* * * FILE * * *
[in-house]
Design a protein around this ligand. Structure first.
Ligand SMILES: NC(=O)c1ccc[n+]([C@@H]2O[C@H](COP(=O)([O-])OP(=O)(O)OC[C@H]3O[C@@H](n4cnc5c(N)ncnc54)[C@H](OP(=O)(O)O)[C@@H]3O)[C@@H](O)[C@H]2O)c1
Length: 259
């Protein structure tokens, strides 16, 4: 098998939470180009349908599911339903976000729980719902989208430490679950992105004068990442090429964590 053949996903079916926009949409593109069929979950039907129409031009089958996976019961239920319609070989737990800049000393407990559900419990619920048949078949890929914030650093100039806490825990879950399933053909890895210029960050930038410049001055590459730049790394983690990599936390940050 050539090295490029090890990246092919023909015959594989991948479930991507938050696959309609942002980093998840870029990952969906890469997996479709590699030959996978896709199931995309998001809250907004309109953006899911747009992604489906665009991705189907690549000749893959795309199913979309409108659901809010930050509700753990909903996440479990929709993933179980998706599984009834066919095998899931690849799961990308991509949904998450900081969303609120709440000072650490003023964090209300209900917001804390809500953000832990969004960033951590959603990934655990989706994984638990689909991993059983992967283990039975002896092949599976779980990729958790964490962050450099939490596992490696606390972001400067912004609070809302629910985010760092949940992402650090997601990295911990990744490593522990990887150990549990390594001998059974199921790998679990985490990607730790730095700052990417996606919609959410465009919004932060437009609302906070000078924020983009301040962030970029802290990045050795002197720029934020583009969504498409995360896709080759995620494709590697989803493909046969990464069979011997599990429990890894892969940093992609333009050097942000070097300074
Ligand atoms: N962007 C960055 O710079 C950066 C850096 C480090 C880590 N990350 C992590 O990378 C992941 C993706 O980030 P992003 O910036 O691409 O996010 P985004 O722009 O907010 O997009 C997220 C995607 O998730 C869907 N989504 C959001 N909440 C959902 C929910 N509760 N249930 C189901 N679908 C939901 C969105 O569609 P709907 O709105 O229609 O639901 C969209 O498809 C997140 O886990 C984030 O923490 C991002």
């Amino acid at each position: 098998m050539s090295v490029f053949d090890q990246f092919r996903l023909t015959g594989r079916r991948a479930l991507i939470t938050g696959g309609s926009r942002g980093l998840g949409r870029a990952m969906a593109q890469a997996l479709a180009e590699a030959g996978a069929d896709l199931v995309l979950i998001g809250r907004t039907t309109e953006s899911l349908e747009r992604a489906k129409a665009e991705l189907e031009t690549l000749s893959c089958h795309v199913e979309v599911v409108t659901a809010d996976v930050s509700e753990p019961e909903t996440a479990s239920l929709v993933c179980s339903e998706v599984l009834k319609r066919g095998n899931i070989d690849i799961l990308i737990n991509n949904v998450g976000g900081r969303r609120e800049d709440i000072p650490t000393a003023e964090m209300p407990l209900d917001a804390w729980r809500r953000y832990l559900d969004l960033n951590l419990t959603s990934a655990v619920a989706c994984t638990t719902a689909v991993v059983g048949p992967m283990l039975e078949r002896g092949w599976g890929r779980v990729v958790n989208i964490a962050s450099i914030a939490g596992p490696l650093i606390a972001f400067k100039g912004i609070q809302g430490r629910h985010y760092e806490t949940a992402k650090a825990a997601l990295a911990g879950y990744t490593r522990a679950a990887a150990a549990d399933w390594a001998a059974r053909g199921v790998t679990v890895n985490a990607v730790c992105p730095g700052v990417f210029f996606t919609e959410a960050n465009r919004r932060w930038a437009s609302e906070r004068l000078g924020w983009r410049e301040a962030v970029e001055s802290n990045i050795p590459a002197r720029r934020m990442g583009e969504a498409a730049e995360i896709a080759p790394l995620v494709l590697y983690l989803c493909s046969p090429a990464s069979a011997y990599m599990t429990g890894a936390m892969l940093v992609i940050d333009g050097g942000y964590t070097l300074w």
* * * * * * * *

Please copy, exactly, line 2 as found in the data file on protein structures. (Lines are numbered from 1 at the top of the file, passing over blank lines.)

Design a protein around this ligand. Structure first.